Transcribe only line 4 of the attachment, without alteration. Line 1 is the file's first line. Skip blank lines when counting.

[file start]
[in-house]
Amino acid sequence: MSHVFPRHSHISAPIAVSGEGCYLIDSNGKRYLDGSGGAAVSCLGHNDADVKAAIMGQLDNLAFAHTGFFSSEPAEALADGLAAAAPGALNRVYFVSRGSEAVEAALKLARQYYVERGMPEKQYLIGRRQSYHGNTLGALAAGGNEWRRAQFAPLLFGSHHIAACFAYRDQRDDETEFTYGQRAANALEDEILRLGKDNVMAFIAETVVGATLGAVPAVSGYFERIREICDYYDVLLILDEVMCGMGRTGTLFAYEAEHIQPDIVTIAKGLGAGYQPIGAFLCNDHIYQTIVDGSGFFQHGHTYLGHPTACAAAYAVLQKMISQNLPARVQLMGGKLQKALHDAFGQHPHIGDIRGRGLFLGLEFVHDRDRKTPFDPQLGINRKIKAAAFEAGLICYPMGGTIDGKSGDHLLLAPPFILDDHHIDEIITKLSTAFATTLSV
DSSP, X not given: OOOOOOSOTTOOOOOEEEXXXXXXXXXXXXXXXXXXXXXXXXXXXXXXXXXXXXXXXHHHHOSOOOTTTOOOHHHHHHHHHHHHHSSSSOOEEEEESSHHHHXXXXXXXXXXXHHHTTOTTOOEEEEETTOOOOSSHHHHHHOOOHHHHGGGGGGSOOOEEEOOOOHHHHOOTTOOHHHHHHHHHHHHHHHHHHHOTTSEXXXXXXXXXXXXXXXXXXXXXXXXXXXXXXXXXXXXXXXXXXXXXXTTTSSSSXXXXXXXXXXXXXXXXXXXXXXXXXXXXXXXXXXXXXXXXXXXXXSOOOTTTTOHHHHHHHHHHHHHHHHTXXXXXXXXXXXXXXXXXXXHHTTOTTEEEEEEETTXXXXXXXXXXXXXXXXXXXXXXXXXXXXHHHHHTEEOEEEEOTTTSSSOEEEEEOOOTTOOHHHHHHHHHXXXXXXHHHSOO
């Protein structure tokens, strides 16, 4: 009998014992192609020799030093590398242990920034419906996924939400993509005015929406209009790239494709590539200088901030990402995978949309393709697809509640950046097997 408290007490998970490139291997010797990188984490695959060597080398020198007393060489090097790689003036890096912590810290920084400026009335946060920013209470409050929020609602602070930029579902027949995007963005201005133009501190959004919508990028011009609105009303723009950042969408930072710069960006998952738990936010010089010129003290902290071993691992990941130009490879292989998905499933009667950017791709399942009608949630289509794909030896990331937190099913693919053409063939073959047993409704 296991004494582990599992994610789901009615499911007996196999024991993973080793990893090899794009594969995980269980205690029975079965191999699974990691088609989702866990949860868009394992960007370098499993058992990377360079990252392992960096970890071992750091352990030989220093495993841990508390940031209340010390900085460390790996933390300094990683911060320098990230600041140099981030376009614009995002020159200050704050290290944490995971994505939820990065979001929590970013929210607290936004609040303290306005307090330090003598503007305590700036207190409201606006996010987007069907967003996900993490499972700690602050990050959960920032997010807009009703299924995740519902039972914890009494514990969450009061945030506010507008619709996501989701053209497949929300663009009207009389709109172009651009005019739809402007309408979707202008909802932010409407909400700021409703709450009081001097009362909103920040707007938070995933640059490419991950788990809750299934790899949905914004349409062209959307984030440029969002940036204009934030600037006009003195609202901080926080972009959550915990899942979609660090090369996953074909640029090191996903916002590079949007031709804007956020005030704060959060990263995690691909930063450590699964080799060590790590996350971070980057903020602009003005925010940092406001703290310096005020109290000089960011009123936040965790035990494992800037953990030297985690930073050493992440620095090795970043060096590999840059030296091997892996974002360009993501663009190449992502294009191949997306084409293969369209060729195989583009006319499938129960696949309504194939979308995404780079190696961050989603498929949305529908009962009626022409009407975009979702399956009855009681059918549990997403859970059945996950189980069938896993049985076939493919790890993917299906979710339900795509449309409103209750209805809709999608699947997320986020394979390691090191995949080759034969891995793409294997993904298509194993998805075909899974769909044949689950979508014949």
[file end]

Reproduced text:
């Protein structure tokens, strides 16, 4: 009998014992192609020799030093590398242990920034419906996924939400993509005015929406209009790239494709590539200088901030990402995978949309393709697809509640950046097997 408290007490998970490139291997010797990188984490695959060597080398020198007393060489090097790689003036890096912590810290920084400026009335946060920013209470409050929020609602602070930029579902027949995007963005201005133009501190959004919508990028011009609105009303723009950042969408930072710069960006998952738990936010010089010129003290902290071993691992990941130009490879292989998905499933009667950017791709399942009608949630289509794909030896990331937190099913693919053409063939073959047993409704 296991004494582990599992994610789901009615499911007996196999024991993973080793990893090899794009594969995980269980205690029975079965191999699974990691088609989702866990949860868009394992960007370098499993058992990377360079990252392992960096970890071992750091352990030989220093495993841990508390940031209340010390900085460390790996933390300094990683911060320098990230600041140099981030376009614009995002020159200050704050290290944490995971994505939820990065979001929590970013929210607290936004609040303290306005307090330090003598503007305590700036207190409201606006996010987007069907967003996900993490499972700690602050990050959960920032997010807009009703299924995740519902039972914890009494514990969450009061945030506010507008619709996501989701053209497949929300663009009207009389709109172009651009005019739809402007309408979707202008909802932010409407909400700021409703709450009081001097009362909103920040707007938070995933640059490419991950788990809750299934790899949905914004349409062209959307984030440029969002940036204009934030600037006009003195609202901080926080972009959550915990899942979609660090090369996953074909640029090191996903916002590079949007031709804007956020005030704060959060990263995690691909930063450590699964080799060590790590996350971070980057903020602009003005925010940092406001703290310096005020109290000089960011009123936040965790035990494992800037953990030297985690930073050493992440620095090795970043060096590999840059030296091997892996974002360009993501663009190449992502294009191949997306084409293969369209060729195989583009006319499938129960696949309504194939979308995404780079190696961050989603498929949305529908009962009626022409009407975009979702399956009855009681059918549990997403859970059945996950189980069938896993049985076939493919790890993917299906979710339900795509449309409103209750209805809709999608699947997320986020394979390691090191995949080759034969891995793409294997993904298509194993998805075909899974769909044949689950979508014949």